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Ghost Train tells Hoisington railway story
Artists will stage show in Russell
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Karen Shaner is pictured with her Ghost Train painting. - photo by JIM MISUNAS Great Bend Tribune

By Jim Misunas

Karen Shaner’s “Ghost Train” offers everything a painter would want — artistic expression with a twist of mystery.
The Great Bend artist is a retired railroad engineer with the Missouri Pacific and Union Pacific Railroad. She’s well versed on railroads, plus she wanted to tell a story about the time Hoisington lost its Missouri Pacific train station.   
The city of Hoisington and the Missouri-Pacific Railroad were linked in growth and economics until the rail mergers of the 1980s. The rail line became part of the Southern Pacific and eventually the Union Pacific. The merger of the Southern and Union Pacific in 1997 ended what had been the central transcontinental rail route across America.
Today, the line is leased to Central Kansas Railroad and operated as a short-line railroad.
“Hoisington had a Missouri Pacific Railroad station, but they merged with Union Pacific Railroad and moved the crews from Hoisington to Salina,” Shaner said. “That was the end of the Southern Pacific Trains in Hoisington.”
“Ghost Train,” is one of Shaner’s works that won’t be for public sale.
Some of Shaner’s best work involves her Project Orange artwork, which focused on a study of poppies.
Part of her life mission is donating her artwork for philanthropic purposes. She’s donates her poppy artwork for fundraisers for Clara Barton Hospital, Kans for Kids, The Cancer Center, CASA and TECH in Hutchinson.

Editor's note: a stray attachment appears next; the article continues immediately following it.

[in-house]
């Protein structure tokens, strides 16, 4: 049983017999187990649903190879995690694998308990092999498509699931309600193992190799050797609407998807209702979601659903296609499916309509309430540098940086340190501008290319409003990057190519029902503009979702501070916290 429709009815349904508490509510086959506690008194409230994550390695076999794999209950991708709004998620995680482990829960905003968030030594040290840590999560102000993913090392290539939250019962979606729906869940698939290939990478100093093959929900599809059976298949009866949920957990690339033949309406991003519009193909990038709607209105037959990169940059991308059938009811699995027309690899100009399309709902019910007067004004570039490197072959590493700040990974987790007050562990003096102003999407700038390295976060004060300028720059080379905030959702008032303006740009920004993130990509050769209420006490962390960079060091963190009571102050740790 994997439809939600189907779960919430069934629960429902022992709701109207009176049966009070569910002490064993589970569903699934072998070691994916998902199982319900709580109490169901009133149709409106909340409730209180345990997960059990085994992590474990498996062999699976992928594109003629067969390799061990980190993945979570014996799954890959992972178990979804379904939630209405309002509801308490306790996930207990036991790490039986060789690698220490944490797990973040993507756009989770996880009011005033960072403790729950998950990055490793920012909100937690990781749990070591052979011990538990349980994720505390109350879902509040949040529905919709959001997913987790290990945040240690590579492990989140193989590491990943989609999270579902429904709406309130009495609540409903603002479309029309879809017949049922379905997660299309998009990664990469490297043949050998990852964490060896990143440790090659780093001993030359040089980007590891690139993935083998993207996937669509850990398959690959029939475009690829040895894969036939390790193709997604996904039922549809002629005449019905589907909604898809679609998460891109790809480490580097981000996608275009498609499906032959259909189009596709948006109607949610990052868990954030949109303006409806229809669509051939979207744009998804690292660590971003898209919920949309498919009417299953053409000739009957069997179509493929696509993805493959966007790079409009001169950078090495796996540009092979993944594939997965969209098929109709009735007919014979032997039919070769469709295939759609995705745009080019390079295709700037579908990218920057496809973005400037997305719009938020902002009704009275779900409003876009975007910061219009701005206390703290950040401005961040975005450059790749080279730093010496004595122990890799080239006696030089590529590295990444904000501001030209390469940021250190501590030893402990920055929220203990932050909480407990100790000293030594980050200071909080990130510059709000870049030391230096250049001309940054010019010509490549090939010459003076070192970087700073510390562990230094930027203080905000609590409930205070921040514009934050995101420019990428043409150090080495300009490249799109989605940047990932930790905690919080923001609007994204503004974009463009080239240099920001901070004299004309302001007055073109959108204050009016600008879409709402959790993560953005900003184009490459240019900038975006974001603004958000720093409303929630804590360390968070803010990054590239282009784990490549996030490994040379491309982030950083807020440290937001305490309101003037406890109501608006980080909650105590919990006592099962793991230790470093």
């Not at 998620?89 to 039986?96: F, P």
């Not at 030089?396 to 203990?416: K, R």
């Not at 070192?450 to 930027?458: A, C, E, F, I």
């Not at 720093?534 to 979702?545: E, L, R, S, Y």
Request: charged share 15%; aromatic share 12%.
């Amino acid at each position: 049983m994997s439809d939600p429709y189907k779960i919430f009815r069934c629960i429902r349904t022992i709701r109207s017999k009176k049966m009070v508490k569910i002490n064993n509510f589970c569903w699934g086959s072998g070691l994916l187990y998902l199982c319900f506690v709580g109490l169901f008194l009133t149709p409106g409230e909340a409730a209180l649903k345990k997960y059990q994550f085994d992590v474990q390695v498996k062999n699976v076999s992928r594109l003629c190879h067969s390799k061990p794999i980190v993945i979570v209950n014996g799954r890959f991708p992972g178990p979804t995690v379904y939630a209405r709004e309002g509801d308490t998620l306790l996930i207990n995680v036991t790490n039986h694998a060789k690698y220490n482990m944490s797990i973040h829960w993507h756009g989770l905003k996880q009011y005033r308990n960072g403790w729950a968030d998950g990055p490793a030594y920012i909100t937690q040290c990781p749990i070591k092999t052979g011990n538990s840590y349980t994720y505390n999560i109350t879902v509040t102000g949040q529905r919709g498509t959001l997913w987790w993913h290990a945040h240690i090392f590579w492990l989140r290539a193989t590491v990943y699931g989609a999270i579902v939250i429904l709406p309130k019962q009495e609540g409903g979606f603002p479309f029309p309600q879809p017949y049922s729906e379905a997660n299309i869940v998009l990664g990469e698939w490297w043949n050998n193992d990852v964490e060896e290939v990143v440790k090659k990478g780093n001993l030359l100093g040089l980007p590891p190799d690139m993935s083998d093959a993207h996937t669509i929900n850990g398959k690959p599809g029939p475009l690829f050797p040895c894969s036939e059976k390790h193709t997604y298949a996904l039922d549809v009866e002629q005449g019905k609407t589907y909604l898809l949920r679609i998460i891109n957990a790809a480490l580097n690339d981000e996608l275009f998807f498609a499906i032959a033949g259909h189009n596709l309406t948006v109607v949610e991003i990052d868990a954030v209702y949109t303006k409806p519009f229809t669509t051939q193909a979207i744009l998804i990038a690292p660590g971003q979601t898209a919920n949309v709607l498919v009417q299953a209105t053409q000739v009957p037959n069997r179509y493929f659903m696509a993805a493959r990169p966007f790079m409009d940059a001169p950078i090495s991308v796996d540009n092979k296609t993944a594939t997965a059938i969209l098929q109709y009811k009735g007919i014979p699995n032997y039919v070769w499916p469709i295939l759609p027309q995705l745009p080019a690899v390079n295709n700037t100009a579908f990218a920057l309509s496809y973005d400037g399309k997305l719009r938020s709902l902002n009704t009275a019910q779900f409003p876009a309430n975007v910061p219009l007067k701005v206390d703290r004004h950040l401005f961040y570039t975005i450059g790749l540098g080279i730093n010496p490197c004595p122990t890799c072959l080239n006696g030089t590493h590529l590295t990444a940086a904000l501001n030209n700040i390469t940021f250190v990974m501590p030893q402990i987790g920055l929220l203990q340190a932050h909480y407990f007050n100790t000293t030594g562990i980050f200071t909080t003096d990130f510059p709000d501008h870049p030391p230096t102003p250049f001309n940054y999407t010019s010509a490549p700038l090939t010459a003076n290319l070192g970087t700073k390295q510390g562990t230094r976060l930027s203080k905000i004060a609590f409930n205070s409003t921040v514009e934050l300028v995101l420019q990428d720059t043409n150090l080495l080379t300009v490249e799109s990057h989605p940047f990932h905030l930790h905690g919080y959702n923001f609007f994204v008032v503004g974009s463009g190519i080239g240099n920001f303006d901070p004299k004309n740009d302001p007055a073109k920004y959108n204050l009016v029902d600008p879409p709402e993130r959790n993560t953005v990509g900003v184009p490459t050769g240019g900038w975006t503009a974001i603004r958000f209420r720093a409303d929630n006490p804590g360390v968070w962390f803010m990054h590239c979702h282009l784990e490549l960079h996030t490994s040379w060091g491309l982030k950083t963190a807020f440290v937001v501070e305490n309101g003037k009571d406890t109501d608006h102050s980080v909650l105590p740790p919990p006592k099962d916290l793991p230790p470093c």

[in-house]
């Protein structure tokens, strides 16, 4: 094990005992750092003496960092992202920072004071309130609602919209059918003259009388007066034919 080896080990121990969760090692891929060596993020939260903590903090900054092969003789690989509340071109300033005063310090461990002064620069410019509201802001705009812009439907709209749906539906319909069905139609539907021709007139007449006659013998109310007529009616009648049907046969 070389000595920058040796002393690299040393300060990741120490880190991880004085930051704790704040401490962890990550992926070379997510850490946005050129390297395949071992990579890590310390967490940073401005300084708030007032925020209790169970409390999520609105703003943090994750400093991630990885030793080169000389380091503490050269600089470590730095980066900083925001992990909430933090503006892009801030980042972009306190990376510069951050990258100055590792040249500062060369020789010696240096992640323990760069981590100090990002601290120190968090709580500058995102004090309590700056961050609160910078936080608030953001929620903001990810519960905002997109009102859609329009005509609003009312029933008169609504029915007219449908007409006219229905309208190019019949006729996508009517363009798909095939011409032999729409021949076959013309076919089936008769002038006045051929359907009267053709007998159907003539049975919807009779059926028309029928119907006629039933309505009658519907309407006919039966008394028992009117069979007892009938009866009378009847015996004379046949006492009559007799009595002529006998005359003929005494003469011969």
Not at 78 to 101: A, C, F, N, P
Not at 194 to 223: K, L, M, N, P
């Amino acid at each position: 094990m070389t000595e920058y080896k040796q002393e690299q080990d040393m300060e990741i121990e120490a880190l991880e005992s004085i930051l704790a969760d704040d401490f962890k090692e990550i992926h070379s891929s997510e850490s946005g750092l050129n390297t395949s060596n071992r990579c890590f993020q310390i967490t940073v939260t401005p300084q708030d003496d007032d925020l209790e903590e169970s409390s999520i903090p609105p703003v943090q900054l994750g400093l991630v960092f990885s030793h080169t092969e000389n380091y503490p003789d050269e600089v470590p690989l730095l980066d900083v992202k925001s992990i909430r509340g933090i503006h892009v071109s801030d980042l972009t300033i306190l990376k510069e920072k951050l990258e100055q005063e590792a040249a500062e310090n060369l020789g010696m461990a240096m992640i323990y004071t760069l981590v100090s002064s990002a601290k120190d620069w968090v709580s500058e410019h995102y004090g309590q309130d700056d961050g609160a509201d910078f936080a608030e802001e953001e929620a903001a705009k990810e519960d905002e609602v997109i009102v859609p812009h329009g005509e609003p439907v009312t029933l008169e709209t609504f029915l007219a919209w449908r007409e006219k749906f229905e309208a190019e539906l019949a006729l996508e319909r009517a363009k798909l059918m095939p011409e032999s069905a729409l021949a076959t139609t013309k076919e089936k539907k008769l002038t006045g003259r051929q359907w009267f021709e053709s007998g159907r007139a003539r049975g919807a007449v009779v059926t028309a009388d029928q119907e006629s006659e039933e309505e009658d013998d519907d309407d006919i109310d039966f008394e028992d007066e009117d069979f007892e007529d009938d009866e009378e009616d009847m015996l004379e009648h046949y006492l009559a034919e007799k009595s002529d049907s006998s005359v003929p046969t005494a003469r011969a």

She lost her mother, father and her youngest brother to cancer, and sees her artistic ability as a way to help others.
“I relate my giving part of the poppies to charity work,” she said.
Shaner gained her artistic training at Barton Community College under Steve Dudek. She attended workshops in Santa Fe. N.M. with Steve Reid and drew inspiration from seeing her favorite painters.
She started with acrylic painting before moving to watercolor painting. She often works off an image, but she also does freehand work.
“Some friends of mine encouraged me to start painting,” Shaner said. “They saw something in me that I didn’t see.”
Shaner is an invited guest of Beverly Simonson. Shaner will join several featured local artists for “Three Potters and Three Painters,” at the Deines Cultural Center in Russell starting Nov. 21. The display will run into January and most of the artwork is for sale.  
Great Bend’s Beverly Simonson invited local artists Shaner, Steve Dudek, and Petr Gregorev to show paintings. Carol Long and Mark and Bambi Freeman will show ceramics. She wanted to give local artists a venue to display their work.
Simonson also received her training at Barton Community College in design, ceramics, painting and metal sculpture. She works in pastel, watercolor and some oil.
“The pastel is very exciting,” she said. “Just looking at the gorgeous colors in a pastel palatte makes me wan to paint.”
Gregorev didn’t have enough paintings to show, but will feature the artwork of his Russian friend, Valery Shilaev, whose work is displayed at Petr’s Frame Shop in Great Bend, 2009 16th.  Shilaev’s work will be displayed in a separate room in the gallery.
“It’s turning into a big thing because the Friends of the Deines Center have decided to hold their membership drive meeting the evening of our opening,” Simonson said. “There will be musical entertainment, refreshments, and raffle tickets for some piece of work, which they will choose, from the show as the prize.”